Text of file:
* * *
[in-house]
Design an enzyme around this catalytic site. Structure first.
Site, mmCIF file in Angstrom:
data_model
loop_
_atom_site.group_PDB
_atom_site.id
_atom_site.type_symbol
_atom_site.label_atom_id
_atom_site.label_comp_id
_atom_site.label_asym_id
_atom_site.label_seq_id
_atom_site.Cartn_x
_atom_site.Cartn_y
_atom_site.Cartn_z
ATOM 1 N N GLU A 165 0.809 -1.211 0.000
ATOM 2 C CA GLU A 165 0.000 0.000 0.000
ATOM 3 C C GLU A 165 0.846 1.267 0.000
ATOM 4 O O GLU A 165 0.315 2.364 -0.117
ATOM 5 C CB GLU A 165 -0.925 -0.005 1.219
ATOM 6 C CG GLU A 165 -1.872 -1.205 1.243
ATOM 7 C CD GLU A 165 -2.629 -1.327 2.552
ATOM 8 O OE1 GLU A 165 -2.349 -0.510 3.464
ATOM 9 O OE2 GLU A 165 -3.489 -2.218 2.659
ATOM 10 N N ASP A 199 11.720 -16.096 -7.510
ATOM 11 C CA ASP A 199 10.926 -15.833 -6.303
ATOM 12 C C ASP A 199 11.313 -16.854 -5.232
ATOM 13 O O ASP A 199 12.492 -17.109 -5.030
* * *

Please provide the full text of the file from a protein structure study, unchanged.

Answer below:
[in-house]
Design an enzyme around this catalytic site. Structure first.
Site, mmCIF file in Angstrom:
data_model
loop_
_atom_site.group_PDB
_atom_site.id
_atom_site.type_symbol
_atom_site.label_atom_id
_atom_site.label_comp_id
_atom_site.label_asym_id
_atom_site.label_seq_id
_atom_site.Cartn_x
_atom_site.Cartn_y
_atom_site.Cartn_z
ATOM 1 N N GLU A 165 0.809 -1.211 0.000
ATOM 2 C CA GLU A 165 0.000 0.000 0.000
ATOM 3 C C GLU A 165 0.846 1.267 0.000
ATOM 4 O O GLU A 165 0.315 2.364 -0.117
ATOM 5 C CB GLU A 165 -0.925 -0.005 1.219
ATOM 6 C CG GLU A 165 -1.872 -1.205 1.243
ATOM 7 C CD GLU A 165 -2.629 -1.327 2.552
ATOM 8 O OE1 GLU A 165 -2.349 -0.510 3.464
ATOM 9 O OE2 GLU A 165 -3.489 -2.218 2.659
ATOM 10 N N ASP A 199 11.720 -16.096 -7.510
ATOM 11 C CA ASP A 199 10.926 -15.833 -6.303
ATOM 12 C C ASP A 199 11.313 -16.854 -5.232
ATOM 13 O O ASP A 199 12.492 -17.109 -5.030